Using SRA toolkit

Getting started with the SRA Toolkit

Let’s say you want to download some sequences from the sequence read archive (SRA) at NCBI. How do you do it? First, we need to make sure the SRA toolkit binaries are in your path.

which fastq-dump

Should produce the full path to your fastq-dump binary. If it’s not present, then we’ll need to add the directory where it is stored to your path. Copy the following commands (for tcsh and bash, respectively) and run them to add the SRA toolkit bin directories into your path.

echo 'setenv PATH ${PATH}:/local/cluster/sratoolkit/bin' >> ~/.cshrc
echo 'export PATH=${PATH}:/local/cluster/sratoolkit/bin' >> ~/.bashrc

Now you can run exec tcsh or exec bash (or exit and re-login) to get your updated $PATH. Now, when you type which fastq-dump, you should be presented with the full path to the fastq-dump binary.

The next step is to set the path where the temporary (large) sequence read archive files will be stored. By default, these go into your home directory, and they can quickly use up all of your home directory space. Therefore, we want to specify a location to store them that is on a /nfs drive.

Generally, this location will be something like:

/nfs[0123]/<YOUR DEPT>/<YOUR LAB>/<USERNAME>/ncbi/tmp

So, identify the full path to this location, and then copy it, and run the following command:

vdb-config -i --interactive-mode textual

Type 4, and then paste the path that you previously copied. Type Y and <ENTER>.

You can confirm that these changes were made by running this command:

cat $HOME/.ncbi/user-settings.mkfg

You should see that /repository/user/main/public/root has the value that you provided to vdb-config.

Next, we’ll need to download the SRA accession(s) that you are interested in.

Navigate to the SRA website and copy the run accession(s) that you want. These have the SRR prefix. Generally I like to put these into a text file. I name the file accs.txt but the name isn’t important for the operation as long as you remember the purpose of the file in the future.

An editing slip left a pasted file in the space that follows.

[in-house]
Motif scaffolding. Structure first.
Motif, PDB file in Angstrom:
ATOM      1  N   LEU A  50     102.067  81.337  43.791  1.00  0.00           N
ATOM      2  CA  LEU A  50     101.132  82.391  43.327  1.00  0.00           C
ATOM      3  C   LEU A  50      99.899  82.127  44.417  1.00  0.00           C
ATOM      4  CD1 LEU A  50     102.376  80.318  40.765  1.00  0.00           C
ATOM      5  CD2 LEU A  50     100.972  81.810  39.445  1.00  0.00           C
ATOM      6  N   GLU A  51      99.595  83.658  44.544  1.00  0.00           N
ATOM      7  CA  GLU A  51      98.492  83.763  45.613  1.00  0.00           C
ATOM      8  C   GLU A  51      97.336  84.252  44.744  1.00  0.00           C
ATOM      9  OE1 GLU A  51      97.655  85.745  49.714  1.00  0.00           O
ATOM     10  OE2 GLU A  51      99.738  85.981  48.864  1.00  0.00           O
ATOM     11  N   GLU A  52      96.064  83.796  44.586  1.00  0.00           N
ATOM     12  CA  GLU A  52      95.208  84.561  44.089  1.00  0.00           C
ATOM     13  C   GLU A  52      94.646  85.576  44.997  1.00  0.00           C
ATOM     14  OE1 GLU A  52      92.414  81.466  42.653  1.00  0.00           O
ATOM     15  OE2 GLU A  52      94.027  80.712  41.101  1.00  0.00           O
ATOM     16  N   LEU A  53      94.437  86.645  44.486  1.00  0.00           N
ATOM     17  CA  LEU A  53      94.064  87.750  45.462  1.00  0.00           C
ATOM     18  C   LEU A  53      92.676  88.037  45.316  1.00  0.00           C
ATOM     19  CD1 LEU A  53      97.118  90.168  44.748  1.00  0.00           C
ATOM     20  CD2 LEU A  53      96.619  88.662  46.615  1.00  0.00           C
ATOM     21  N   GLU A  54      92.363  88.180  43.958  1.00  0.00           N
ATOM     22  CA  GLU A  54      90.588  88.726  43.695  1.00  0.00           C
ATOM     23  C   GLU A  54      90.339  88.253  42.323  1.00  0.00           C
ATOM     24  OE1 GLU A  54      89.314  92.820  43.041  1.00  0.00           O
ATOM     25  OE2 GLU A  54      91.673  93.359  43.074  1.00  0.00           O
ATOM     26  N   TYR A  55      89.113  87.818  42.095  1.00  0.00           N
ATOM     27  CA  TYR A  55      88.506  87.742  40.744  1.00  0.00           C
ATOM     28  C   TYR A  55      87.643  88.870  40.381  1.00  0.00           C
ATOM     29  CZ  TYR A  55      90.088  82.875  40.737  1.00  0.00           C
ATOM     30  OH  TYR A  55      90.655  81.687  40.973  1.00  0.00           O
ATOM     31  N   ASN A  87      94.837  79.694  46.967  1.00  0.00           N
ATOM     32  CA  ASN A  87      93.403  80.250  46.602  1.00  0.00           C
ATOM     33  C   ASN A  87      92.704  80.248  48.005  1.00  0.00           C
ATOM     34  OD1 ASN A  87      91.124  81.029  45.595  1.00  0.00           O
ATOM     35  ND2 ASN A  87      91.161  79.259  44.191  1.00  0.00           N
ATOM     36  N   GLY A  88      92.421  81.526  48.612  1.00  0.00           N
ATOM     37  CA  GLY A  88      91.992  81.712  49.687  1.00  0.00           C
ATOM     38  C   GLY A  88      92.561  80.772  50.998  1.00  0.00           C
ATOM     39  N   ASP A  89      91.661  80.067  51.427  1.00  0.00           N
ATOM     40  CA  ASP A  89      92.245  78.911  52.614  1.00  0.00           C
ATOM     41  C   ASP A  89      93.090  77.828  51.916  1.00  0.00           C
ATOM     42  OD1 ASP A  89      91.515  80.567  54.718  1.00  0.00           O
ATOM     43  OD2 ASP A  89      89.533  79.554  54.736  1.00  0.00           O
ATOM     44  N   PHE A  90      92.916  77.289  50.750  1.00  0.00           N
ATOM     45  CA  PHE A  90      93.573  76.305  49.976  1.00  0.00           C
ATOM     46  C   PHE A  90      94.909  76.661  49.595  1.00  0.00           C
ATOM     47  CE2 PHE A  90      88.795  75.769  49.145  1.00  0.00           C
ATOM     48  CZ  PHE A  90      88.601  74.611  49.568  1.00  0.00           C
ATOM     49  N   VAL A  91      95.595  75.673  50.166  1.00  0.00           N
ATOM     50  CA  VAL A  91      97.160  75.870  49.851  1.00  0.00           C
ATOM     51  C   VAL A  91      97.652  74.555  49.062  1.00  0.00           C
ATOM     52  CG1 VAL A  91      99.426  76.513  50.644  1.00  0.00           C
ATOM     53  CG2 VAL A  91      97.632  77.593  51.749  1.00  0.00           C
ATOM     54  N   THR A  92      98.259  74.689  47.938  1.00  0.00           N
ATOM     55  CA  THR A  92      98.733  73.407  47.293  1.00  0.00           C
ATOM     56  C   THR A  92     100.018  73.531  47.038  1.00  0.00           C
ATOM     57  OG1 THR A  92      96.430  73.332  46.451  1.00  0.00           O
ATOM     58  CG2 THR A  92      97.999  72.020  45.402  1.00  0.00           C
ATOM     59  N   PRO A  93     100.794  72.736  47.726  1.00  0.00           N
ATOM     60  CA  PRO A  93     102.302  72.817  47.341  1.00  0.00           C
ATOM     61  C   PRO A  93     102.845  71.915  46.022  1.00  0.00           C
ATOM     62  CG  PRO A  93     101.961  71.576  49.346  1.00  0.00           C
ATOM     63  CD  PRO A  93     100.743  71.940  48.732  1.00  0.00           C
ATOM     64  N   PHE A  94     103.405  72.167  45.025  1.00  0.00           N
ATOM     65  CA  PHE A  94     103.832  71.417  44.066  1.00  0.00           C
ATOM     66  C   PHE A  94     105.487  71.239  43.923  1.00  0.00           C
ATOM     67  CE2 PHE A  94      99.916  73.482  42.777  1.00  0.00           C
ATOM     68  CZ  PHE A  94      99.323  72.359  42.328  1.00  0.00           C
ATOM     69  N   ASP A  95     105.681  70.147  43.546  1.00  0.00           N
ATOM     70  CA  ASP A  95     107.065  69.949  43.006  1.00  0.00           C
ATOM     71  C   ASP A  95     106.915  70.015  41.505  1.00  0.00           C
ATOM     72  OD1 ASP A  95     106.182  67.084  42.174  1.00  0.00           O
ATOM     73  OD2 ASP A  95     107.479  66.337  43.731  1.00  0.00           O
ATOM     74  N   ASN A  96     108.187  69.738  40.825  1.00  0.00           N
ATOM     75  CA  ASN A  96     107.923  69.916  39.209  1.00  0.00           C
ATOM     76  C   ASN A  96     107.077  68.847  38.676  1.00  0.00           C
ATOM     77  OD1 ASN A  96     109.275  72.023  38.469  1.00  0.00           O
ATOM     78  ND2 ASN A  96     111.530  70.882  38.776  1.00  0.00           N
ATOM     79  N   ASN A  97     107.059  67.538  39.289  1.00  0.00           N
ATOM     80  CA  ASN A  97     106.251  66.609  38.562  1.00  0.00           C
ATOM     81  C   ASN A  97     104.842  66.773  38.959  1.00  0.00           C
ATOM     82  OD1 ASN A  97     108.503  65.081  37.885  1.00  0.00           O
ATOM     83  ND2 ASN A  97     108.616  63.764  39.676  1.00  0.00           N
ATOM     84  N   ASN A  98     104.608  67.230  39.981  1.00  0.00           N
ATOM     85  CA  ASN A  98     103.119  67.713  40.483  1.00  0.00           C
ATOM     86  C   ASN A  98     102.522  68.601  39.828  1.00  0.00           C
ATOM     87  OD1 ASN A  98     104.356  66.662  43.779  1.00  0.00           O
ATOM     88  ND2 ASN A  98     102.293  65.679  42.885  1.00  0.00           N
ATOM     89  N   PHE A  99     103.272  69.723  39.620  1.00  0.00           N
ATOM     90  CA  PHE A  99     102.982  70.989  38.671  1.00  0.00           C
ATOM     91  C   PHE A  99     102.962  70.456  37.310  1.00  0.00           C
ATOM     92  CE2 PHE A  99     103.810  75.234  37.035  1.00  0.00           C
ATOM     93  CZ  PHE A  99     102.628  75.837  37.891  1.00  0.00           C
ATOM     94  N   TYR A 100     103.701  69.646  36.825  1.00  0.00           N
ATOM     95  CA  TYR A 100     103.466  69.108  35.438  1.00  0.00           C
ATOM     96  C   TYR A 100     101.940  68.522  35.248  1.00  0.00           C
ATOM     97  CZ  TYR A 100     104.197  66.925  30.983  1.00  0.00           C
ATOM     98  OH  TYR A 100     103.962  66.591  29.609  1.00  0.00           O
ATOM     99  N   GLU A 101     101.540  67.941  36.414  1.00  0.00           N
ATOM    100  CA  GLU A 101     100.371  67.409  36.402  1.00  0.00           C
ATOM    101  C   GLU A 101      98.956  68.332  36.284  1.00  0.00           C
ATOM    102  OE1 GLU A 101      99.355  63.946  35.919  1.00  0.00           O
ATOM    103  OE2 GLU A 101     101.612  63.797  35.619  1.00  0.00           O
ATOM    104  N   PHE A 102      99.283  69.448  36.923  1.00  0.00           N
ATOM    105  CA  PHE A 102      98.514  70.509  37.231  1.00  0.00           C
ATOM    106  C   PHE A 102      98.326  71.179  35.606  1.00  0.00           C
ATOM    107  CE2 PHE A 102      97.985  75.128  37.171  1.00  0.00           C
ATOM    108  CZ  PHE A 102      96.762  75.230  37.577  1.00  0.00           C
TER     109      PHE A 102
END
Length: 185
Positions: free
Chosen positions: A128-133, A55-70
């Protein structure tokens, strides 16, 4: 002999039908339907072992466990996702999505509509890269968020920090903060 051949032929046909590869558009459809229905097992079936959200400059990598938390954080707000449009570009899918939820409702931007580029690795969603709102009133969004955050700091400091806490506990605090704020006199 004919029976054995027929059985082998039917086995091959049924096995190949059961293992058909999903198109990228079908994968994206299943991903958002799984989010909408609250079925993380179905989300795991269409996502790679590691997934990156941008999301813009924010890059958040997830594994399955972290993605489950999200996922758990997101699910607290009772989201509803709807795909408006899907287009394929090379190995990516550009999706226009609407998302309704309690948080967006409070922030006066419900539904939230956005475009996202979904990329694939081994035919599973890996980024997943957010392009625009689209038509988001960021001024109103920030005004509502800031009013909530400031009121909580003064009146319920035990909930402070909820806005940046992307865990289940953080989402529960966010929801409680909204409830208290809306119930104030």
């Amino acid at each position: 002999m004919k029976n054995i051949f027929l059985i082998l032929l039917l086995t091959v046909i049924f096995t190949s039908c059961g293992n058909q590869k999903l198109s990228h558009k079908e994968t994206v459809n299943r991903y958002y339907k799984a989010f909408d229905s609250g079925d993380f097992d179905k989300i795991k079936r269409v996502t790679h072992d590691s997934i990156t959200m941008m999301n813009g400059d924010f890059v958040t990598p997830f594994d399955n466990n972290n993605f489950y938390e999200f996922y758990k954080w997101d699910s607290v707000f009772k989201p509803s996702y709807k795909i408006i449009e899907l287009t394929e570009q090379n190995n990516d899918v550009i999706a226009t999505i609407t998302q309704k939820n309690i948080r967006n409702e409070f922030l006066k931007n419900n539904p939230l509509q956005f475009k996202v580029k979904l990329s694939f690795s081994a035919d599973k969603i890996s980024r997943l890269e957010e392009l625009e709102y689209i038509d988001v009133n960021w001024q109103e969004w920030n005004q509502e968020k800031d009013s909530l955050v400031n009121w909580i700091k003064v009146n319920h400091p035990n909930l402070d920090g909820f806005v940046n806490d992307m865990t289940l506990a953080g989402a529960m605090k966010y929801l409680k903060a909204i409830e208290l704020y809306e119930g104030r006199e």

For the prefetch stage, you’ll want to sign into instead of This is to help reduce web traffic congestion on the shell. Once you are on files, you should navigate to the folder that contains the accs.txt file, and type this command:

cat accs.txt | xargs prefetch

Alternatively, in order to potentially speed up the download, you can use up to 4 CPUs using parallel as below:

export TMPDIR=/tmp
cat accs.txt | parallel -j 4 prefetch

This will feed the accessions to the prefetch command, which will result in the raw sequences being downloaded from NCBI’s servers. You should see some progress messages as the files download.

Next, head back over to so we can extract the FASTQ files from the raw prefetched data. At this point it’s important to note what type of reads you are expecting. You’ll have to ensure that you get paired end reads from the SRA accessions where they are expected. The newer program called fasterq-dump appears to be aware of paired-end datasets, and splits them accordingly even if the option is not specified. Therefore, you should be able to run:

SGE_Batch -c "cat accs.txt | xargs -n 1 fasterq-dump -t /data/<USERNAME>/ncbi" -q <QUEUE NAME> -r sge.fasterq-dump -P 6

And get your reads extracted into .fastq files. By default, fasterq-dump uses 6 threads, but you can specify a different amount using the -e flag. I would NOT recommend submitting this type of operation as an array job because you will hammer the filesystem and potentially bring everyone’s jobs to a crawl. You need to specify the temporary directory with -t so that the program uses the local hard drive for the node to store the intermediate files and only copy the final .fastq files to the networked file system.

Using the -n 1 flag of xargs, your accessions will be extrated serially, which is what we want in this case, in order to reduce the load on the file servers.

Now, you should be able to ls and see your brand new .fastq files named with the SRRXXXXX.fastq for single end data, and SRRXXXXX_[12].fastq for paired end data. You can explicitly specify the -S flag to split the paired end files as well if you aren’t getting the expected outputs.

Happy downloading!